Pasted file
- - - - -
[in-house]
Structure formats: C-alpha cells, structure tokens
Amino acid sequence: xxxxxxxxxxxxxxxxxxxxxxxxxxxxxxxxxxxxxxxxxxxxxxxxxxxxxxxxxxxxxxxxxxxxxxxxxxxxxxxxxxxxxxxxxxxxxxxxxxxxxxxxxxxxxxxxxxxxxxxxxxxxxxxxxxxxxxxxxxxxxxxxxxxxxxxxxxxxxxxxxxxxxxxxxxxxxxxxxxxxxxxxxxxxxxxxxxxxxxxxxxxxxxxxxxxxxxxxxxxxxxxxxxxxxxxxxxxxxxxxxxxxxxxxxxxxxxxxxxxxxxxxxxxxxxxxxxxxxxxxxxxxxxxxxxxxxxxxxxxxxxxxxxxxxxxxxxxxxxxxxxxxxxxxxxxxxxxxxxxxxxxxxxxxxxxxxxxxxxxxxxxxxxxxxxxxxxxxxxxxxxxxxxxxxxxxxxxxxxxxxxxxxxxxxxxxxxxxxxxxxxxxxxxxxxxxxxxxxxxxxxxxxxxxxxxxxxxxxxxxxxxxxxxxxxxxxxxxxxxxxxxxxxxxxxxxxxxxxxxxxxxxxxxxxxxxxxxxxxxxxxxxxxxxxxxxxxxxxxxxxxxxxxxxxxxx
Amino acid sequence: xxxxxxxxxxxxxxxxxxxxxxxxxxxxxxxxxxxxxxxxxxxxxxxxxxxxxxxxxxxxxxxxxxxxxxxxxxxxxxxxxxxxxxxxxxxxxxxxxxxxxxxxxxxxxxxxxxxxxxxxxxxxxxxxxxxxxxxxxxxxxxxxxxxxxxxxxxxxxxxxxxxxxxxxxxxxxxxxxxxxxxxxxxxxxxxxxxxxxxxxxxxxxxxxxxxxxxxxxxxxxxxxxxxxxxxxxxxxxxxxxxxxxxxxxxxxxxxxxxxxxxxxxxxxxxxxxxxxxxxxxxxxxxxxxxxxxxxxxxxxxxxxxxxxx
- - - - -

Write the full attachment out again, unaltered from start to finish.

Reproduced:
[in-house]
Structure formats: C-alpha cells, structure tokens
Amino acid sequence: xxxxxxxxxxxxxxxxxxxxxxxxxxxxxxxxxxxxxxxxxxxxxxxxxxxxxxxxxxxxxxxxxxxxxxxxxxxxxxxxxxxxxxxxxxxxxxxxxxxxxxxxxxxxxxxxxxxxxxxxxxxxxxxxxxxxxxxxxxxxxxxxxxxxxxxxxxxxxxxxxxxxxxxxxxxxxxxxxxxxxxxxxxxxxxxxxxxxxxxxxxxxxxxxxxxxxxxxxxxxxxxxxxxxxxxxxxxxxxxxxxxxxxxxxxxxxxxxxxxxxxxxxxxxxxxxxxxxxxxxxxxxxxxxxxxxxxxxxxxxxxxxxxxxxxxxxxxxxxxxxxxxxxxxxxxxxxxxxxxxxxxxxxxxxxxxxxxxxxxxxxxxxxxxxxxxxxxxxxxxxxxxxxxxxxxxxxxxxxxxxxxxxxxxxxxxxxxxxxxxxxxxxxxxxxxxxxxxxxxxxxxxxxxxxxxxxxxxxxxxxxxxxxxxxxxxxxxxxxxxxxxxxxxxxxxxxxxxxxxxxxxxxxxxxxxxxxxxxxxxxxxxxxxxxxxxxxxxxxxxxxxxxxxxxxxx
Amino acid sequence: xxxxxxxxxxxxxxxxxxxxxxxxxxxxxxxxxxxxxxxxxxxxxxxxxxxxxxxxxxxxxxxxxxxxxxxxxxxxxxxxxxxxxxxxxxxxxxxxxxxxxxxxxxxxxxxxxxxxxxxxxxxxxxxxxxxxxxxxxxxxxxxxxxxxxxxxxxxxxxxxxxxxxxxxxxxxxxxxxxxxxxxxxxxxxxxxxxxxxxxxxxxxxxxxxxxxxxxxxxxxxxxxxxxxxxxxxxxxxxxxxxxxxxxxxxxxxxxxxxxxxxxxxxxxxxxxxxxxxxxxxxxxxxxxxxxxxxxxxxxxxxxxxxxxx